WHAT HAPPENS WHEN THE TV SHOW YOU'RE WORKING ON GETS CANCELED AND YOU'VE JUST BOUGHT A HOUSE IN THE HILLS AND A FOUR-WHEEL-DRIVE VEHICLE?
No one orders a headstone. No one wears a black veil. And there is no bad buffet at Aunt Selma’s house after the burial. But to those in TV, the cancellation of a show is about as close to the death of a loved one as you can get.
So far this season, 6 out of 28 new shows have already gone to meet their maker, and several more (Relativity, Dark Skies) have one foot in the grave. The network bean counters don’t shed many tears: The webs shell out an average of $450,000 per half hour to air a program, and low ratings can cost a bundle in lost ad revenue over just a few weeks. But for the more than 100 cast and crew members it takes to put together a show, the shutdown of a series kicks off a gut-wrenching period of mourning, self- examination, and lunches awash in margaritas. In fact, producers, writers, and actors go through all five stages of grief described by Swiss-American physician Elizabeth Kubler-Ross in her influential 1969 book On Death and Dying. Herewith, a look:
Step 1: DENIAL Even if their show gets beaten by a Ross Perot infomercial and their agents won’t return calls, it’s hard for actors and writers to accept that the ax has actually fallen. Inevitably, there’s a flurry of optimistic post-cancellation rumors that another network will pick up the show. After all, why wouldn’t they? Your show is good, darn it! ”You’ve put so much work into it, you no longer see the flaws,” says Bob Brush, a former producer of the short-lived Slap Maxwell Story who now heads CBS’ successful new drama Early Edition. ”It looks great to you even if you have scripts that stink and stars who can’t do it.”
That sort of denial sinks many a Hollywoodite into financial trouble; actors are notorious for ignoring the here-today, gone-next-week nature of TV. ”There’s a tendency to sign on to a Scott Bakula show and think you’ve got five years of employment,” says Kerry Lenhart, an executive producer of Bakula’s now defunct Mr. & Mrs. Smith. Adds Jon Cryer, whose Partners was canceled after a tepidly rated run on Fox last season: ”They get the pilot, and they buy the house, and you’re like, ‘Wait a minute, slow down!”’ According to one insider, several actors on Fox’s Lush Life bought big-ticket Range Rovers, only to see the sitcom canceled after three airings. ”There are probably more foreclosed cars in this town than any place in the country,” says Dr. Stuart Fischoff, a psychologist who counsels many in the TV industry.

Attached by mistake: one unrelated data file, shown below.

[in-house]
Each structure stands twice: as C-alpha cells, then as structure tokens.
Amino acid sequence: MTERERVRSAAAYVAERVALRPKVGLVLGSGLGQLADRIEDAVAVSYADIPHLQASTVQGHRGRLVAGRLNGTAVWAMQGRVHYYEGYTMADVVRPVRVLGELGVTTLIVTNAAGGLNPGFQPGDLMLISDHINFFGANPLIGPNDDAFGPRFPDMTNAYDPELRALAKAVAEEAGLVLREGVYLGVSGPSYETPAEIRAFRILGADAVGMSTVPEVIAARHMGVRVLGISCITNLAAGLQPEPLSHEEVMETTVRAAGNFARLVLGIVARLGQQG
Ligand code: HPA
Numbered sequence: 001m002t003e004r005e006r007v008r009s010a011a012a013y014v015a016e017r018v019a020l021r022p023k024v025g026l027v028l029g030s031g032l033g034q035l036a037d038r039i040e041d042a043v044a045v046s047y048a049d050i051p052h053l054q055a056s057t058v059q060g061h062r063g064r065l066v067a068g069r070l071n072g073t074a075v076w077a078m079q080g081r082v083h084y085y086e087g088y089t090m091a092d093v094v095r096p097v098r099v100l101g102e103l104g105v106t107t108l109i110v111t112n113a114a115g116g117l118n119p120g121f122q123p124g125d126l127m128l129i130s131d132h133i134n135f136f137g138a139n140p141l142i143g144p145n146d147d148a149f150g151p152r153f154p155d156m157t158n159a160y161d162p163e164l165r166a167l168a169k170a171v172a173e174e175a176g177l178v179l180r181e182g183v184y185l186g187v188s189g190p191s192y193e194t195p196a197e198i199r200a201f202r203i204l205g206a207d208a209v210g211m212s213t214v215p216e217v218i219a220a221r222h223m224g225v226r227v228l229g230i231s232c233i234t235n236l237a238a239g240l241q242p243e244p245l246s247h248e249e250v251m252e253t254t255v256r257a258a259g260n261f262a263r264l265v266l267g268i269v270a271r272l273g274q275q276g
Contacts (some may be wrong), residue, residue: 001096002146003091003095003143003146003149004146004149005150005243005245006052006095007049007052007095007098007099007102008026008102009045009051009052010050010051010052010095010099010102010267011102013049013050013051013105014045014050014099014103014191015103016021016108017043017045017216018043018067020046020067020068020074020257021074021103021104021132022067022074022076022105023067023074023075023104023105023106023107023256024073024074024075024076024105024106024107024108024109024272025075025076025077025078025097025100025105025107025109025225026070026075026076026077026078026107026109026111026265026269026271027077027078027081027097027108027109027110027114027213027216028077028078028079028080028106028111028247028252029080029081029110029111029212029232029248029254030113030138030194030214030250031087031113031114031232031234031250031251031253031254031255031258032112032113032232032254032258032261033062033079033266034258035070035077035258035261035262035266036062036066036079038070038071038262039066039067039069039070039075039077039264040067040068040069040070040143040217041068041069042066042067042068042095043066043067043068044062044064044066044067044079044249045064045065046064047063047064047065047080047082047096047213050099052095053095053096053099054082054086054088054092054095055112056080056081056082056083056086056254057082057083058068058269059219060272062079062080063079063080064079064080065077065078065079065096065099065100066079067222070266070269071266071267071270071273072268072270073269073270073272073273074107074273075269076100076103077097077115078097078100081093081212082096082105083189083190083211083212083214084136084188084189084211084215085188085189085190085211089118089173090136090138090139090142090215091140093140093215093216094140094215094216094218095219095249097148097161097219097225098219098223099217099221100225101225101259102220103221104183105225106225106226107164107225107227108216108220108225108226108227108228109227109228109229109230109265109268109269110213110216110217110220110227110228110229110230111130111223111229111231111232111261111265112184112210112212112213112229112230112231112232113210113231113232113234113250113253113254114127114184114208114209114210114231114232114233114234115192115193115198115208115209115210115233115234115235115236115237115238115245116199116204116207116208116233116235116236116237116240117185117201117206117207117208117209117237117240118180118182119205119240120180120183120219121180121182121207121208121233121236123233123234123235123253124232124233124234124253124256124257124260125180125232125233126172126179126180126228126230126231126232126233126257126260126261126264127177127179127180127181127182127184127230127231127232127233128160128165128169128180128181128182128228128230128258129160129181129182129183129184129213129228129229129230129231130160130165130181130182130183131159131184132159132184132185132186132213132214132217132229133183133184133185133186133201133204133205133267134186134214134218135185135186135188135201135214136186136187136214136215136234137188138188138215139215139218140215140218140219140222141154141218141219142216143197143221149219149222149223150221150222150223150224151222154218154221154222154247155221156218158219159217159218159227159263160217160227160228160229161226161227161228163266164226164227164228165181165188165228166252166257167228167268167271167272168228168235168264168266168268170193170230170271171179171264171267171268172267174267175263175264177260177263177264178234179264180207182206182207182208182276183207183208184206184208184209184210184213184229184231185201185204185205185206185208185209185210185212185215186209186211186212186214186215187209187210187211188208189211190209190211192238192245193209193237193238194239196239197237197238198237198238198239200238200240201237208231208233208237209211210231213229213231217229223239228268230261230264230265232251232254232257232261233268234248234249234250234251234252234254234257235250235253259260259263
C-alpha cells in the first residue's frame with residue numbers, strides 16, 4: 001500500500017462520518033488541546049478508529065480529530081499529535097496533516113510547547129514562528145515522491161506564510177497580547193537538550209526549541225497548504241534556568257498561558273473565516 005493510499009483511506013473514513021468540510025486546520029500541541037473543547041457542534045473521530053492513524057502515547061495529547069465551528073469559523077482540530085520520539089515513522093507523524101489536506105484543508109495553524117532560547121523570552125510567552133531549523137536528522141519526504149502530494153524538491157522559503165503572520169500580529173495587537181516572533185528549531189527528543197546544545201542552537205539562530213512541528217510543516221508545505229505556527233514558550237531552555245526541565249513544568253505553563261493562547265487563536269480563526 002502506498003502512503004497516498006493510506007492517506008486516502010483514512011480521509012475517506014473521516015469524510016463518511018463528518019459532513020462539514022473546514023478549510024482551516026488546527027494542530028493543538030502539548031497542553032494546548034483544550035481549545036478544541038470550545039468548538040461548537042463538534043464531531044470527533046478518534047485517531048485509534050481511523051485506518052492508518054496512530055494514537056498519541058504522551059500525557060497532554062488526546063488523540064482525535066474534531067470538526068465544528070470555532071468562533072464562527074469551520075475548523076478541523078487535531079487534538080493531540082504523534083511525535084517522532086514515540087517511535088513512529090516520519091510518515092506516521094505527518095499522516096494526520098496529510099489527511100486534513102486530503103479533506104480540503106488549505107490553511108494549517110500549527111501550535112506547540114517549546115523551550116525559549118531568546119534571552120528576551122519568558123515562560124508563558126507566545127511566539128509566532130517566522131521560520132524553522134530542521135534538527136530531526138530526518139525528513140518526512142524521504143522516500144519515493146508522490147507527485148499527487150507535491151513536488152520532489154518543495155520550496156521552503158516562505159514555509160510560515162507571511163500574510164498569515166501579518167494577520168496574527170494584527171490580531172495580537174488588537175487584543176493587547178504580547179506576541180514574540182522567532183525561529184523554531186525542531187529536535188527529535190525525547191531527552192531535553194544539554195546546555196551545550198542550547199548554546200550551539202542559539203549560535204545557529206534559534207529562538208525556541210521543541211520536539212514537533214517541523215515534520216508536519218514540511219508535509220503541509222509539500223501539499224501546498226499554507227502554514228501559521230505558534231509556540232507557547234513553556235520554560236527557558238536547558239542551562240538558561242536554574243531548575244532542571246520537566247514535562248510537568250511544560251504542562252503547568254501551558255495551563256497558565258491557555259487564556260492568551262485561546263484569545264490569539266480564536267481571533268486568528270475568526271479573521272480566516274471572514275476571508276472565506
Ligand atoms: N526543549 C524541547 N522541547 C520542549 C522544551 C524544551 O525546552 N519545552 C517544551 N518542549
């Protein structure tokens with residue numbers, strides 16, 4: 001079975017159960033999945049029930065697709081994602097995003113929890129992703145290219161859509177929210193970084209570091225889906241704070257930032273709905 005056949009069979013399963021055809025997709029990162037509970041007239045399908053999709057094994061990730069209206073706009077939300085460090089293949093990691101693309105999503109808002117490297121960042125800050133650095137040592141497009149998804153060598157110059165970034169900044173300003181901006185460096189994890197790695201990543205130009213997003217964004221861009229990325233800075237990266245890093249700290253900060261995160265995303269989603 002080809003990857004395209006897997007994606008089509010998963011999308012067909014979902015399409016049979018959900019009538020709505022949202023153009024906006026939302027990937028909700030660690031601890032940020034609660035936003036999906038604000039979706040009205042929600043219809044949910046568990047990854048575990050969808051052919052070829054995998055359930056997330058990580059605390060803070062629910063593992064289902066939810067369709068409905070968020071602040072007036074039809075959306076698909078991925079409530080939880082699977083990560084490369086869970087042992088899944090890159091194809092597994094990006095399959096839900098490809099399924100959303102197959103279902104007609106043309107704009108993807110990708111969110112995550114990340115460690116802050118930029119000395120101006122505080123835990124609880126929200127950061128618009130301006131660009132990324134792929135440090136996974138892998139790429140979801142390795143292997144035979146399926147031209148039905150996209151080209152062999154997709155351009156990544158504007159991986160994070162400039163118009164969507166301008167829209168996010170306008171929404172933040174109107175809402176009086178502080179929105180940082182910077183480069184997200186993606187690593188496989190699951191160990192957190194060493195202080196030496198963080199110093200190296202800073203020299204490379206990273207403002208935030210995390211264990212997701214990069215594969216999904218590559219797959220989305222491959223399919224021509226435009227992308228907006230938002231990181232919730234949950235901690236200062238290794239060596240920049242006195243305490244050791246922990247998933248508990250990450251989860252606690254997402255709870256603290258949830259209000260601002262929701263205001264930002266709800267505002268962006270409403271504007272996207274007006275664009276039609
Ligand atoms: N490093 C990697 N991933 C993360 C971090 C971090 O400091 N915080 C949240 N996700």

Step 2: ANGER They may have fatter bank accounts than the average Detroit autoworker, but downsized actors and writers still feel just as powerless against the Man. And that means plenty of bile. Consider Lush Life costar Karyn Parsons, who spent an afternoon in New York being lauded by strangers on the street only to return to her hotel room and be greeted with eight ”We’ve been canceled” phone messages. The show, along with its lead-in, Party Girl, was the first to be taken off this season, axed by new Fox president Peter Roth as soon as he started his stint. Parsons felt Roth never gave the shows a chance. (Fox has no comment.) ”You feel a little tricked,” she says. ”You feel bamboozled, and that sucks.”